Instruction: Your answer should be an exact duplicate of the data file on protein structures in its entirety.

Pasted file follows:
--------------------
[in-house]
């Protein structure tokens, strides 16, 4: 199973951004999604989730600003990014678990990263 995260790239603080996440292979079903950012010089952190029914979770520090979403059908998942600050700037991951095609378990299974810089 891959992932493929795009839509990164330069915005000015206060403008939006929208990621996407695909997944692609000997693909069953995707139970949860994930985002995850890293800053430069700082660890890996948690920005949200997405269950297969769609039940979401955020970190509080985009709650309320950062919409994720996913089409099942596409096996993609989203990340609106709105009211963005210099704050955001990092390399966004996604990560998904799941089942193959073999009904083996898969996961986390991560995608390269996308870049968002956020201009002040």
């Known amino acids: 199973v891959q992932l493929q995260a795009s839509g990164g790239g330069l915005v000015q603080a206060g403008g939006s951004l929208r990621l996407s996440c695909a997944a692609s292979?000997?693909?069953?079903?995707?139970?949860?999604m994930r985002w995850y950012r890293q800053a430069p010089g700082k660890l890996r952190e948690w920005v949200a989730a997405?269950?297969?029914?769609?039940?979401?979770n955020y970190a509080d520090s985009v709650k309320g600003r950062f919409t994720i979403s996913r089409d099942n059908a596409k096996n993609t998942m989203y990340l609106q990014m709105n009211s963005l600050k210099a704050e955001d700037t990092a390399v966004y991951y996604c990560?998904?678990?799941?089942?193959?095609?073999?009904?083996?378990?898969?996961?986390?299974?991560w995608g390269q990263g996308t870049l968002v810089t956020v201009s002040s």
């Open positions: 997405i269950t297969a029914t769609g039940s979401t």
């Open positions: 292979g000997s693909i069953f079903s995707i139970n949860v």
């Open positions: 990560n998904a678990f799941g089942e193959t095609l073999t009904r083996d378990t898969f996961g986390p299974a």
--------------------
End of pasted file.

[in-house]
């Protein structure tokens, strides 16, 4: 199973951004999604989730600003990014678990990263 995260790239603080996440292979079903950012010089952190029914979770520090979403059908998942600050700037991951095609378990299974810089 891959992932493929795009839509990164330069915005000015206060403008939006929208990621996407695909997944692609000997693909069953995707139970949860994930985002995850890293800053430069700082660890890996948690920005949200997405269950297969769609039940979401955020970190509080985009709650309320950062919409994720996913089409099942596409096996993609989203990340609106709105009211963005210099704050955001990092390399966004996604990560998904799941089942193959073999009904083996898969996961986390991560995608390269996308870049968002956020201009002040």
């Known amino acids: 199973v891959q992932l493929q995260a795009s839509g990164g790239g330069l915005v000015q603080a206060g403008g939006s951004l929208r990621l996407s996440c695909a997944a692609s292979?000997?693909?069953?079903?995707?139970?949860?999604m994930r985002w995850y950012r890293q800053a430069p010089g700082k660890l890996r952190e948690w920005v949200a989730a997405?269950?297969?029914?769609?039940?979401?979770n955020y970190a509080d520090s985009v709650k309320g600003r950062f919409t994720i979403s996913r089409d099942n059908a596409k096996n993609t998942m989203y990340l609106q990014m709105n009211s963005l600050k210099a704050e955001d700037t990092a390399v966004y991951y996604c990560?998904?678990?799941?089942?193959?095609?073999?009904?083996?378990?898969?996961?986390?299974?991560w995608g390269q990263g996308t870049l968002v810089t956020v201009s002040s």
């Open positions: 997405i269950t297969a029914t769609g039940s979401t």
């Open positions: 292979g000997s693909i069953f079903s995707i139970n949860v």
């Open positions: 990560n998904a678990f799941g089942e193959t095609l073999t009904r083996d378990t898969f996961g986390p299974a």